Off-Facebook Activity: A Privacy Feature For Nerds or Survivalists

On Tuesday (1/28), Mark Zuckerberg announced that all Facebook users will now have access to a new privacy features called “Off-Facebook Activity” or OFA. Facebook has teased this feature since the Congressional hearings in May 2018, and later rolled it out to a select number of users since August 2019. Essentially, OFA is a tool that allows users to manage the information that websites and apps send to Facebook with the Facebook pixel and Facebook SDK. 

Why Is Facebook Doing This? 

Recently, we posted about how Facebook, Google and Twitter are updating their political advertising policies heading into 2020. Facebook not only faces increased scrutiny regarding how political entities use Facebook for political advertisements, but how your data is shared in general. With the Cambridge Analytica scandal, politically-motivated actors took advantage of Facebook’s vulnerable data security protocols and used illegally obtained data from tens of millions of users to create psychological profiles. Those profiles were then used to specifically target the most reactive people with politically charged messages on Facebook.

Since then, Facebook has been faced with demands for reform from the government, the media and users on many different fronts. Recently, Facebook announced that it would not fact-check politicians, but instead follow a policy of increased transparency so that politicians and users police themselves — a sort of political advertising panopticon, but many argue that it’s not enough. Facebook argues that it’s in the interest of protecting free speech.

From societal and consumer perspectives, data security is an important, ongoing conversation that will likely shape how we interact with technology, businesses, and each other throughout the 2020s and beyond. In the long-run, people need to feel safe and trust the way they interact with technology, especially as we continue to demand that technologies know us better and give us what we want faster. Facebook is slowly giving us more control over the data that we share, but we have to be willing to manage those settings ourselves.

Will This Affect My Facebook Ads?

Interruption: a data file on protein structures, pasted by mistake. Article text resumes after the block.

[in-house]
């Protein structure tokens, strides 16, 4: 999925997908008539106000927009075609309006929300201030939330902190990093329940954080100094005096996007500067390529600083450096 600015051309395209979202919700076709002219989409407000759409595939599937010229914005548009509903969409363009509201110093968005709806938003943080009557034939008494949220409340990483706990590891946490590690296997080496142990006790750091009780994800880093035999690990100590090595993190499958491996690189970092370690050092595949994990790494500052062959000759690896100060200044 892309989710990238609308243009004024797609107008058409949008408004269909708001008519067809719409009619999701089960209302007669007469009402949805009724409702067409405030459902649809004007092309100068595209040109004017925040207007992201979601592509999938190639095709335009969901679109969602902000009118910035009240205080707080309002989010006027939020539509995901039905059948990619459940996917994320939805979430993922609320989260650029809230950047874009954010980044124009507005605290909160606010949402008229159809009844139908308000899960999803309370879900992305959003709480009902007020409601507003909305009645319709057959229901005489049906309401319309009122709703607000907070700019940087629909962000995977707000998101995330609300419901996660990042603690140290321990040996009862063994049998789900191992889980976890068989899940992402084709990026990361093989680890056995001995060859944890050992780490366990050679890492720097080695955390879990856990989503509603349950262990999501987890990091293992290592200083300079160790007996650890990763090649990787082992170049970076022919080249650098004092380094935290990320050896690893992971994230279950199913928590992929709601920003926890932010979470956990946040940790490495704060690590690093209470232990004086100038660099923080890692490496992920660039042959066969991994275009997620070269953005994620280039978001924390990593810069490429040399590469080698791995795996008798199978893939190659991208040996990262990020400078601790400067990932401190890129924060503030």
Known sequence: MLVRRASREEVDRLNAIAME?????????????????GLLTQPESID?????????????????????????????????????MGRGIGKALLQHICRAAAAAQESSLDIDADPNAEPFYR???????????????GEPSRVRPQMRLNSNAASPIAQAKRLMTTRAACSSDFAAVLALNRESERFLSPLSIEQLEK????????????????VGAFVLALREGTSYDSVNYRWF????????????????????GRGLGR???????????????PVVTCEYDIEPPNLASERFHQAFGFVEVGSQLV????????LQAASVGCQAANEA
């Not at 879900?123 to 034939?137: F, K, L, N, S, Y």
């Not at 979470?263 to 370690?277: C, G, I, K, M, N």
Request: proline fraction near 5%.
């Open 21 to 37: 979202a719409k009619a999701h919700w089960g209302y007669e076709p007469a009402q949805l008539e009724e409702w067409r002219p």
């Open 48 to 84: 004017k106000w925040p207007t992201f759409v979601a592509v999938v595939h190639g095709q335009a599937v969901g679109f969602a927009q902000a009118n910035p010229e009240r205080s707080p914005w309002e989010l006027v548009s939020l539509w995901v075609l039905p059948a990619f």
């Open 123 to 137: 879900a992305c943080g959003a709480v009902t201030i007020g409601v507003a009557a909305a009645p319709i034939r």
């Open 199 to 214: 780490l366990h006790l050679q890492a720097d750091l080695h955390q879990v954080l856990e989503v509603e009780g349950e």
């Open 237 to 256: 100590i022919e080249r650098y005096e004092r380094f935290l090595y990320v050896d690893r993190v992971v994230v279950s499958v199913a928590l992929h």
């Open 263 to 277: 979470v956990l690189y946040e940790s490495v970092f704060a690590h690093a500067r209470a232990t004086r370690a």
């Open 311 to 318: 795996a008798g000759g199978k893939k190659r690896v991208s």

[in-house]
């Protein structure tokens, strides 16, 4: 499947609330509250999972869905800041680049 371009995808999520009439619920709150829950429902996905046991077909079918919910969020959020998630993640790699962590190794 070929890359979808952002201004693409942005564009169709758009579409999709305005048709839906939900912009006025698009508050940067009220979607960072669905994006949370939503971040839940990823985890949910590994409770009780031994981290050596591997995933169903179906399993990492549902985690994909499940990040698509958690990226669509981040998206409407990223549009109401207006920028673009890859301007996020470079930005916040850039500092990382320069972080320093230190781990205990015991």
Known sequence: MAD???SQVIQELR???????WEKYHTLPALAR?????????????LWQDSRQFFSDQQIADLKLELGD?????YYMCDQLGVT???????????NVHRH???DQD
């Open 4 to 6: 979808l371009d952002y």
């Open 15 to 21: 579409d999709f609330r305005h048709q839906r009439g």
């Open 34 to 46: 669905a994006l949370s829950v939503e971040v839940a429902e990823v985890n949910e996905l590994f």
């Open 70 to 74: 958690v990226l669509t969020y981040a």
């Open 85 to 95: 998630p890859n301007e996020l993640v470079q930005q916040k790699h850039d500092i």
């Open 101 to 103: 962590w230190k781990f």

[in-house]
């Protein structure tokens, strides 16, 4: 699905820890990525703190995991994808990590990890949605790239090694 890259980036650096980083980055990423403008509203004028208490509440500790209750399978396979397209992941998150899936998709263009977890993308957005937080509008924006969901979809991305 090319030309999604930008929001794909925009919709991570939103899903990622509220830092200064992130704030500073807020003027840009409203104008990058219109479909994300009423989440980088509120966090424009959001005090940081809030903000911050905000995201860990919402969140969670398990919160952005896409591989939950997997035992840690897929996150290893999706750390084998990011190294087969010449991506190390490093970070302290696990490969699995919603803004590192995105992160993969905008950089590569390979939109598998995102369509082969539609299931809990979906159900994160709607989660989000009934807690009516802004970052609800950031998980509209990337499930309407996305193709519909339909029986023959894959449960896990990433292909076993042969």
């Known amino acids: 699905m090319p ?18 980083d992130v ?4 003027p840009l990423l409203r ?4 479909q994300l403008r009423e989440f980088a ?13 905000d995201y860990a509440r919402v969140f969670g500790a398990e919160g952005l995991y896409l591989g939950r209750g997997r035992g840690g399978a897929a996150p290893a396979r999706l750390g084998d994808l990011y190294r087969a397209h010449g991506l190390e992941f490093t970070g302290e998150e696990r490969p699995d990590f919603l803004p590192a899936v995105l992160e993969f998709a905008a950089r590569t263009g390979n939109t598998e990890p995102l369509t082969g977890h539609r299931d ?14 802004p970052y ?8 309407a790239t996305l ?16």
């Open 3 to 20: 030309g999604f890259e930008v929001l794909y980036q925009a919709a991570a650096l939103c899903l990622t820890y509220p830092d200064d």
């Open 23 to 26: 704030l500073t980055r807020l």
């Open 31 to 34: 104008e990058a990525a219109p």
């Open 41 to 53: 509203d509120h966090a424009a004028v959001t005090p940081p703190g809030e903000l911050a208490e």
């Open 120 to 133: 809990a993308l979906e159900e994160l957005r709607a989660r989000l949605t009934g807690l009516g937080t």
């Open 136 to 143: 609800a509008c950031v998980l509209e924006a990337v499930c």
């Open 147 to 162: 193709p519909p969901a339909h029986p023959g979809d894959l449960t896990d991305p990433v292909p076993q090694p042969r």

In the short-term, many CMOs and digital advertisers are probably wondering, “Are these changes going to hurt ad performance?” Let’s be honest, we’re often the most concerned with the things that affect our lives in a direct, tangible way — like your CEO asking why CPAs are up and sales are down.

At this point, I wouldn’t sound any alarms because OFA: 

1) Is not really that new of a feature

2) It’s pretty complicated for your average user

3) It’s hidden away

4) It brings inconvenience to your digital life, according to Facebook.

With Off-Facebook Advertising’s features, users can elect to stop companies from associating this data with their personal Facebook accounts. Advertisers may be worried that the quality of targeting will decrease because we won’t be able to speak to customers with as much specificity. Depending on what proportion of people elect to use this feature, that may have some truth to it. Though, Facebook seems to have intentionally structured this feature to nudge users towards, at the very least, a compromise between data sharing and their in-platform experience.

For tech savvy readers, how the Facebook pixel collects data is neither surprising nor scary, in fact, it’s a part of everyday advertising life. Websites and apps fire off events when certain actions take place on their owned properties. These events are transmitted to Facebook and associated with a user’s account, and then that media provider will use this information to more accurately speak to customers based on what they know about them. However, for many Facebook users, this realization may come as a surprise.

On one hand, it conjures up the feelings of an Orwellian cliché, that someone has always been watching you. On the other, it’s akin to Dorothy and the “Man Behind the Curtain.” Behind Facebook and Instagram’s sleek Newsfeeds, there’s been a silent entity calling all the shots behind the scenes — your accumulated data.

So, how many of these knee-jerk reactions will really translate into total data disconnection? Who will, when faced with the decision themselves, opt to stop sharing data if it makes their Facebook experience less personalized? Do people just want the data problem to be solved for them or do they want to actively manage what they share? These are the questions that come to mind when thinking about OFAs potential impact.

How Do These Off-Facebook Activity Controls Work?

Here’s an example from my personal treasure trove of Facebook data. I signed up for a SQL course on Udemy (an online educational platform) a few weeks ago. In Facebook’s OFA section, I found Udemy as one of 157 companies that I’ve interacted with in the last 180 days. Here, you can see some of the events that Facebook tracks, specifically 3 events with Udemy — likely an account creation, an install, and a purchase. This is one small part of the more than 2.58 GB of information that Facebook allowed me to download and view for myself, but it gives you a sense of what Facebook’s opening up to all users.